Decomposition of Straw in Soil after Stepwise Repeated Additions

Lasse Holst Sørensen

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    Abstract

    Samples of a sandy soil, which had been incubated for 8 years in the field with [14C]labelled barley straw, were amended with 1, 2, 3 or 4 successive additions of [14C]labelled straw, respectively, applied at intervals of 3 months. The decomposition of the straw was studied over a 4-yr period of laboratory incubation, following the first repeated application, by determination of the total amount of labelled C in the soils and labelled C in the soil amino acids. The overall pattern of decomposition was similar whether the soil was amended with one or with several successive applications. Four years after the first repeated addition of labelled straw the soils were subjected to a number of “stress” treatments: addition of unlabelled glucose, air-drying, oven-drying, grinding and fumigation with vapour of chloroform, respectively. The CO2 that developed during the first 10 days after the treatments, less the evolution from untreated samples, was taken as a measure of the effect of the treatments. The amount of biomass in the soils was calculated from the increase caused by the fumigation with chloroform. In soil incubated undisturbed in the field for 12 yr, biomass accounted for 2.6% of the labelled C in the soil, whereas it was only half this amount in the soil incubated for 8 yr in the field followed by 4 yr in the laboratory. In the soils amended with successive additions of labelled straw, the size of the biomass showed declining values with an increasing number of additions. Biomass thus accounted for 2.6% of the labelled C in the soil amended with one repeated addition, and 1.0% in the soil amended with 4 repeated additions. The increase in the evolution of labelled CO2-C caused by the stress treatments ranged from 0.3 to 1.7% of the labelled C in the soil: air-drying had the least effect, grinding the most. The effect of each treatment declined with an increasing number of successive additions of straw. The ratio between CO2 evolved after grinding and fumigation, respectively, revealed that grinding also exposed non-biomass material to accelerated decomposition. The effects of the stress treatments on the evolution of native CO2-C was on the whole parallel to the effects on the evolution of labelled CO2-C.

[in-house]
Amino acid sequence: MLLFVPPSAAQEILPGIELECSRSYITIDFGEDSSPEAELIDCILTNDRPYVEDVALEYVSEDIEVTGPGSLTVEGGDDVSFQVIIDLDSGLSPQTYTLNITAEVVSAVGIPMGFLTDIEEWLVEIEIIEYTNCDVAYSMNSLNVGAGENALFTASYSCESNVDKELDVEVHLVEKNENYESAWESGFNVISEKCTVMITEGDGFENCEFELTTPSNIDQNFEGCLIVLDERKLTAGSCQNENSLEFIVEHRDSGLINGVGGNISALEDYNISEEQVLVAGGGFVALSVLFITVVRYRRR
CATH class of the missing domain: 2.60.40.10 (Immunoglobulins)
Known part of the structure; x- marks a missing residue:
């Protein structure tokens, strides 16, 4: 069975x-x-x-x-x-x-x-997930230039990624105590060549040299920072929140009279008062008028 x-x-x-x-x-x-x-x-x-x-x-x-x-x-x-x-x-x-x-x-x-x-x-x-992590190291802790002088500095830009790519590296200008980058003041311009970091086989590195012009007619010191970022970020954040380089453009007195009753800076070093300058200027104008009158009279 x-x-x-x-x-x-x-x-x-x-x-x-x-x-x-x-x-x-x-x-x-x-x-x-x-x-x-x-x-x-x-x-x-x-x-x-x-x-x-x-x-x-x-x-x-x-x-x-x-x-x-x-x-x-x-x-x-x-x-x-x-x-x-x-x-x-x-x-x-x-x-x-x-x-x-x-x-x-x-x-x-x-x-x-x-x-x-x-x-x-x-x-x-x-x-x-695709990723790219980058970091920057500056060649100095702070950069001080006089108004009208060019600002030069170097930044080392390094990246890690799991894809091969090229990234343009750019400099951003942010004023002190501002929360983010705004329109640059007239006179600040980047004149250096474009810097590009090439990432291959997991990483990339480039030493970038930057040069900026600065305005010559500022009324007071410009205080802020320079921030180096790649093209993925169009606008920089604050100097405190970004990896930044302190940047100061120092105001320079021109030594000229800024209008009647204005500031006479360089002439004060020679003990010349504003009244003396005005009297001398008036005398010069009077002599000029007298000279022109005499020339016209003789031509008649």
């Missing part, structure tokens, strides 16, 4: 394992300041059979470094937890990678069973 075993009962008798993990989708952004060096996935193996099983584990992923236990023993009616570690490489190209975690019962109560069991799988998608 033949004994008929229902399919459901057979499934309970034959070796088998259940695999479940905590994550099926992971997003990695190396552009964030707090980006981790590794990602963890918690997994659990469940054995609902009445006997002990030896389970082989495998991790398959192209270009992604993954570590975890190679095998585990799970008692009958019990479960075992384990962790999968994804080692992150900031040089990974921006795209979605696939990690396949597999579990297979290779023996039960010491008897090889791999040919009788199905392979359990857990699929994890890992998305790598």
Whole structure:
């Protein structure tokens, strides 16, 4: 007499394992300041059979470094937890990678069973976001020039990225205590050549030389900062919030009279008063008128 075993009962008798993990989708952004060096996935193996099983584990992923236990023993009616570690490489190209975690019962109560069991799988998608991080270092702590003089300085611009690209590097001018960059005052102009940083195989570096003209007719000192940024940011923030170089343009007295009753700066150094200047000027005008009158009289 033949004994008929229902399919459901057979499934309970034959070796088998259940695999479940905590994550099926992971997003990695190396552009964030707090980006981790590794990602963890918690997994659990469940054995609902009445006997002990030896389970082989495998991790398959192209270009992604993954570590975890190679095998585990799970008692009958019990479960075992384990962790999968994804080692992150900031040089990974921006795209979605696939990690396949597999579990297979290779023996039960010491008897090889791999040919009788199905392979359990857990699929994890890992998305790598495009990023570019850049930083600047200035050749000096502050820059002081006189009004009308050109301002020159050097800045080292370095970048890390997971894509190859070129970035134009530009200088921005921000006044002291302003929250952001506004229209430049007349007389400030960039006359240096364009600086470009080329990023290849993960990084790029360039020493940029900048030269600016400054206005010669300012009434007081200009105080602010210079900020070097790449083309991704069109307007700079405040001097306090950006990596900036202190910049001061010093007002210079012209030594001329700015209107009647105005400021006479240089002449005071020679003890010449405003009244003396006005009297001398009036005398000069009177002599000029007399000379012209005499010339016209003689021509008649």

Original languageEnglish
    JournalSoil Biology & Biochemistry
    Volume11
    Issue number1
    Pages (from-to)23-29
    ISSN0038-0717
    DOIs
    Publication statusPublished - 1979

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